How to Calculate Your Asking Salary (Show Notes)

This past weekend on my Blog Talk Radio Show, I discussed How to calculate your asking salary even before you have your first interview. The salary question is often an uncomfortable subject (among many) during the interview.  We often breeze over this subject by throwing out a best guess number. The goal of this post and this past weekend’s show is to help job seekers avoid asking for the wrong salary – too much and the offer could be lost, too little and you’re back in the job search in six months (or kicking yourself with the first paycheck). In case you missed the show, listen here, “How to calculate asking salary”

calculatingStep 1 – Prepare a household budget

In Episode 7 I covered how to prepare budget – to give an idea of how much you need to make to cover the bills

Step 2 – Create a job search plan

A good job search starts with a plan so you identify the job you want. You should target jobs to help you move ahead in your career.  Once you know what job you want, now you can formulate a target salary.  Go to www.salary.com to see the average salary range for the position you want to land.

Step 3 – Calculate your asking salary

Ex. Project Manager I (Charlotte, NC)

  • Budget Salary =  $55K
  • Add 10K to your budgeted salary = 65k is your target salary
    Note: adding 10K leaves room for negotiation
  • Position range: $50k – $88k (www.salary.com)
  • $65 – $75 Asking Range.  After negotiation you could end up at 70K

Think like a hiring manager: 65 -75k is reasonable because you are 3-4 merit increases away from being at the top of the salary range. Thus, you are in range for the position.  When negotiating, keep in mind that managers want to reward you for performing well while in the position.  If you come in at the top of the salary range, there is nowhere for them to go when it comes time for merit increases or bonuses.

The goal here is not to get rich on your employer or even come in at top salary; the goal is to achieve the budget for your lifestyle and well within the employer’s budget creating a win-win for both of you.   -Holly Bunn

idea-lightbulbKey tip: When formulating a target salary, focus on the salary of the position you want not a % of your current/last salary to increase.

Step 3a – Calculate your asking Hourly Salary

Ex. Project Manager I (Charlotte, NC)  

  • Budget $22/ hour
  • Add $5/hour to budget rate = $27/hour target rate
  • Position range $25 – $42 (www.salary.com)
  • $27 – $35 Asking range.  After negotiation you could end up at $32/hour

Additional Calculations to Consider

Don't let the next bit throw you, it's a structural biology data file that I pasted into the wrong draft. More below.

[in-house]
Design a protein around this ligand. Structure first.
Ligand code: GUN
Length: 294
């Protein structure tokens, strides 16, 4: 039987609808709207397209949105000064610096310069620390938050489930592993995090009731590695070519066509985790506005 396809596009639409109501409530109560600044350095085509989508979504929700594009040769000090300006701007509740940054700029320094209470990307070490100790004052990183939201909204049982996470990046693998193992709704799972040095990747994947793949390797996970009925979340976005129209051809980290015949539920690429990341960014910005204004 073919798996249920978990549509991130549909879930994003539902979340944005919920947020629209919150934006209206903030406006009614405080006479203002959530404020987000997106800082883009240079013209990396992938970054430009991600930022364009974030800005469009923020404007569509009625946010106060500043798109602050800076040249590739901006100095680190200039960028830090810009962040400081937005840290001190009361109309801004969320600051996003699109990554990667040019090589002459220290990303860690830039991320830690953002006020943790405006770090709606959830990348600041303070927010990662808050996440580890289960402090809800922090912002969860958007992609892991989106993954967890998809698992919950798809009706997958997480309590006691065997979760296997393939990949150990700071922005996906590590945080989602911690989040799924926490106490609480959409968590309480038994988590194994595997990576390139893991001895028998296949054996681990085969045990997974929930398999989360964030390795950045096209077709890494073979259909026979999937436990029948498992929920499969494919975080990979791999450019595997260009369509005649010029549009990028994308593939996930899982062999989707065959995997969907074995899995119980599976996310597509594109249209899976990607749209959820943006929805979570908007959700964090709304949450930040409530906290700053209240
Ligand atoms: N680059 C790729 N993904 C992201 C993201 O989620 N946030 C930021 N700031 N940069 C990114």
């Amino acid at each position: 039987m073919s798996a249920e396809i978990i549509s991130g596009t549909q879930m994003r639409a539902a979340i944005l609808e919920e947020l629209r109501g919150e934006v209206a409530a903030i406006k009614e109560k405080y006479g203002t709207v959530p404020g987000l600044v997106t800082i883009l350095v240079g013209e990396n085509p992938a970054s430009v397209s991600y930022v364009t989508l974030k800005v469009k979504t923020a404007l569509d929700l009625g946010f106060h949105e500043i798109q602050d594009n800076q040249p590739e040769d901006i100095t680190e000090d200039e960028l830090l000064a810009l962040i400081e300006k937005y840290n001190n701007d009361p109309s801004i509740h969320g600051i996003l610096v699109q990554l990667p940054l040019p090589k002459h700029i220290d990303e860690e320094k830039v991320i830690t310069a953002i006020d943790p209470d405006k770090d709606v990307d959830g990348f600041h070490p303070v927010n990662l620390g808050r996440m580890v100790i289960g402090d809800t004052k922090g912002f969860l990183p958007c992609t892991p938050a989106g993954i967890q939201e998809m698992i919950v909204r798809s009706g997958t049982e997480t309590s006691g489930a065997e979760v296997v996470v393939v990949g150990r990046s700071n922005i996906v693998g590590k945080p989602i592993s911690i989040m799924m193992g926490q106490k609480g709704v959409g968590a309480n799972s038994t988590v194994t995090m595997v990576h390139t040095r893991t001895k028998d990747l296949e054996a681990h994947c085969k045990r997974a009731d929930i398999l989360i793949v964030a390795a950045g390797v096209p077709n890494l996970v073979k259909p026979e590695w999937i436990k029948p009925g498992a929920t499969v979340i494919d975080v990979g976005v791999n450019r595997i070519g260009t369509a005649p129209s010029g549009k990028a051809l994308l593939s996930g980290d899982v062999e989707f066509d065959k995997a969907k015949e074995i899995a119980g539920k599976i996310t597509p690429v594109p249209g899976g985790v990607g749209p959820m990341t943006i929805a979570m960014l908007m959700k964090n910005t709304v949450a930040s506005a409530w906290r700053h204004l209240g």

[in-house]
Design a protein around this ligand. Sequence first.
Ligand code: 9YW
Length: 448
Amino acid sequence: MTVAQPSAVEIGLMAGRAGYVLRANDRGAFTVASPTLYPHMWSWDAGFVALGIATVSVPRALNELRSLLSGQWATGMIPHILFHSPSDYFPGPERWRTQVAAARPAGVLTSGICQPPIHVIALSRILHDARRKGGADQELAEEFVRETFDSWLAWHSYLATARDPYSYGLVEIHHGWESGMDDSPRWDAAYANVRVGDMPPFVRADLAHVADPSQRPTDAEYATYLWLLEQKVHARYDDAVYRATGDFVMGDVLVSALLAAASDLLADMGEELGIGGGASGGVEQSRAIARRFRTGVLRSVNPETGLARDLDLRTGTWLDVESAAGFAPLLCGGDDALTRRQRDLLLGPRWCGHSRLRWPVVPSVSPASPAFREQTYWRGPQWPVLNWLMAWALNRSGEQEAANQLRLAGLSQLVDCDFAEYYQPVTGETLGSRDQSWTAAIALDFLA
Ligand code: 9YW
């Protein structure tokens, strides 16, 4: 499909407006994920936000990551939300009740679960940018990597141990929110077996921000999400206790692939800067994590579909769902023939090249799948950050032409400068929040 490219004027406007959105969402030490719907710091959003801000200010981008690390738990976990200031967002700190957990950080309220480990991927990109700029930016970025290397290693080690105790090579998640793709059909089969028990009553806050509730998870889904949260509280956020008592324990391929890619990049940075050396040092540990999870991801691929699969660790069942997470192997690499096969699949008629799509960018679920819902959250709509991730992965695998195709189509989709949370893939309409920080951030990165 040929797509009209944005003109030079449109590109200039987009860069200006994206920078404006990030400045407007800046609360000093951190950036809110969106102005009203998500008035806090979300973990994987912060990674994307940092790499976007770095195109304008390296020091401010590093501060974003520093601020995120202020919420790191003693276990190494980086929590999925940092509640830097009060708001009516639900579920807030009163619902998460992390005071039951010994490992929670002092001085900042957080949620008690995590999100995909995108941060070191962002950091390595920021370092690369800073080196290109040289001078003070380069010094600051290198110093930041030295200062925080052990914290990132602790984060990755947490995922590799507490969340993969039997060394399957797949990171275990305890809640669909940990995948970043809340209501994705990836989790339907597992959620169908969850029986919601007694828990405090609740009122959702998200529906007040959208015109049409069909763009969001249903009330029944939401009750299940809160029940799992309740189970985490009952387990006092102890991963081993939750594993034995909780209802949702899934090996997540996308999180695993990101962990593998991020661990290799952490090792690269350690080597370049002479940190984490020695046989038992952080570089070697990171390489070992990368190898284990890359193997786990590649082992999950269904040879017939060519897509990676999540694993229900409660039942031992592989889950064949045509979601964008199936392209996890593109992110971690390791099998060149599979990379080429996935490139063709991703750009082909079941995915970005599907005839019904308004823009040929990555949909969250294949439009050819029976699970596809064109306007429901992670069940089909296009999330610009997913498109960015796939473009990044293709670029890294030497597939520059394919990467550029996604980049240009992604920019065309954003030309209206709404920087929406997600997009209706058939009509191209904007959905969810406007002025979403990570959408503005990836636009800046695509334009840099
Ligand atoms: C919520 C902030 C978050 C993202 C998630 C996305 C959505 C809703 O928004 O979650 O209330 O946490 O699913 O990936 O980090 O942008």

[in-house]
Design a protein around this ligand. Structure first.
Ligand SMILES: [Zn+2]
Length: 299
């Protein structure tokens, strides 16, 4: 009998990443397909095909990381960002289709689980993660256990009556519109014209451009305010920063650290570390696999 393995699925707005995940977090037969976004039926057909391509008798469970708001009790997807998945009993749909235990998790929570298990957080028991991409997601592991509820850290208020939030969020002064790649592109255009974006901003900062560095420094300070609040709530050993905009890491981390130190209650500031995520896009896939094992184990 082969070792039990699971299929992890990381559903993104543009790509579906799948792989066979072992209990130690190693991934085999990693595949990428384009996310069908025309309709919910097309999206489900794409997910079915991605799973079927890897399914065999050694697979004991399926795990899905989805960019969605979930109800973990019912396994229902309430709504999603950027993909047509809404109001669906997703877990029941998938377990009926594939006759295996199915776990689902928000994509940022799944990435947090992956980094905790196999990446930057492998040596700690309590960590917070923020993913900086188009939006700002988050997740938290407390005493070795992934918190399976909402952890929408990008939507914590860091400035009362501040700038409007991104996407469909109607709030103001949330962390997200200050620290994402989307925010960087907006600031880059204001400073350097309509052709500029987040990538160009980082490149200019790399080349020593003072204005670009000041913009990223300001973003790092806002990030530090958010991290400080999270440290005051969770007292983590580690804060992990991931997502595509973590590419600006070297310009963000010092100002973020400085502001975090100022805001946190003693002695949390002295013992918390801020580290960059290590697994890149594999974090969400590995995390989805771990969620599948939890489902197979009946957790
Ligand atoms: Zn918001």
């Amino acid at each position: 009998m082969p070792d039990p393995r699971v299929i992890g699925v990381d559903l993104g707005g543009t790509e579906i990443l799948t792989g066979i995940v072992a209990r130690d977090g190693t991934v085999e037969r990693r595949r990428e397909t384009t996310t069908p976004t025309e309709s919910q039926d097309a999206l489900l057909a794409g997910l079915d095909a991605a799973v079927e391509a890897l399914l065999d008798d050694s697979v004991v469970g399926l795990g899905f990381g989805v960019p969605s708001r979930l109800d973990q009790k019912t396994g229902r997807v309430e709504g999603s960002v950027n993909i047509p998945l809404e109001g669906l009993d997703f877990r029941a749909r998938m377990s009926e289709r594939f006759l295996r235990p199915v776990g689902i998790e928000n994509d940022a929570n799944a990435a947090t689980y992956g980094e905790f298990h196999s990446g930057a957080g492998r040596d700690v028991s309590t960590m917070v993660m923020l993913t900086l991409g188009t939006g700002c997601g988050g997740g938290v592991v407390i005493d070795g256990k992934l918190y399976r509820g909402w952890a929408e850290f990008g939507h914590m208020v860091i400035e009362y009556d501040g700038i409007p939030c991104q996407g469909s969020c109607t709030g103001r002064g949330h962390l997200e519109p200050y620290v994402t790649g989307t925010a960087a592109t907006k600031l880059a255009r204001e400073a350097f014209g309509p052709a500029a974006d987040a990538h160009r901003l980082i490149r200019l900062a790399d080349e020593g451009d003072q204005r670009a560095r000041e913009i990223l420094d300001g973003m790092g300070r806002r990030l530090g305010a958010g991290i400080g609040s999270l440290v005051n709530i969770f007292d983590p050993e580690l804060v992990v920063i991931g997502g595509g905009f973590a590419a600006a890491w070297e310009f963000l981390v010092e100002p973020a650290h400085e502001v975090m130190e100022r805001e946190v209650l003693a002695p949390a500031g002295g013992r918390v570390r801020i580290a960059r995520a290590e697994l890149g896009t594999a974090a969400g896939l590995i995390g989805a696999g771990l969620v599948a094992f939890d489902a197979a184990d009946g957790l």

Now that you have your base salary, be sure you consider other expenses and adjust your asking salary to reflect the impact to your household budget.

  • Location/Commute  (moving state to state or telecommute to office)
  • Benefits (premiums can significantly increase from job to job)
  • Childcare (longer commute, you may require extra childcare, etc.)
  • Expenses (many companies are BYOC – Bring your own credit card for expenses.  Keep that in mind if you are asked to travel)

idea-lightbulbKey Tip: Think about these things before the interview not when you get to the interview.  Ask your recruiter for a copy of benefits costs (medical, dental deductions, etc), expense reimbursement policy.  When you start your job it’s too late to find out if these policies have a negative impact to your budget.

Note: Everyone’s financial situation is different.  It’s always a good idea to consult your tax advisor or accountant when calculating your asking salary and developing a budget.

When to Talk Salary

During the offer stage.

Rule of thumb: don’t bring up until your interviewer asks.  And always give a range, not a hard and fast number.

When NOT to talk salary

  • During the first phone interview – you need more information about the job.  Telling a recruiter that you need more time is not a fake out. It’s the truth. You will know more once you talk to your hiring manager about your responsibilities.  It is then you have a better picture of the type of salary you are worth. Try not to lock yourself into a salary during the first interview.
  • When asked, “What is your current salary?” – try not to answer this question without a job offer – verifying your current salary is a part of a background check.

How to answer: First, try to respectfully deflect by asking for the budget or salary range for the position.  Second, express that your current salary does not reflect the intended position. It’s a different position and different salary so not really that relevant.  Finally, if demanded, give a range for the salary you are looking for based on the information you have right now with a reserved right to change that amount after the interview process is over.

idea-lightbulbKey Tip – Always provide a salary range, but have a bottom line number in your head.  Only provide a range to an employer if you have prepared as described in this post so you don’t end up with the wrong salary for your lifestyle and budget.

How to fix it if you’ve accepted the offer

  • A reasonable time frame to revise an accepted offer is within 24 -48 hours after you accept the offer. 2 weeks out or the day before you start your first day is not reasonable.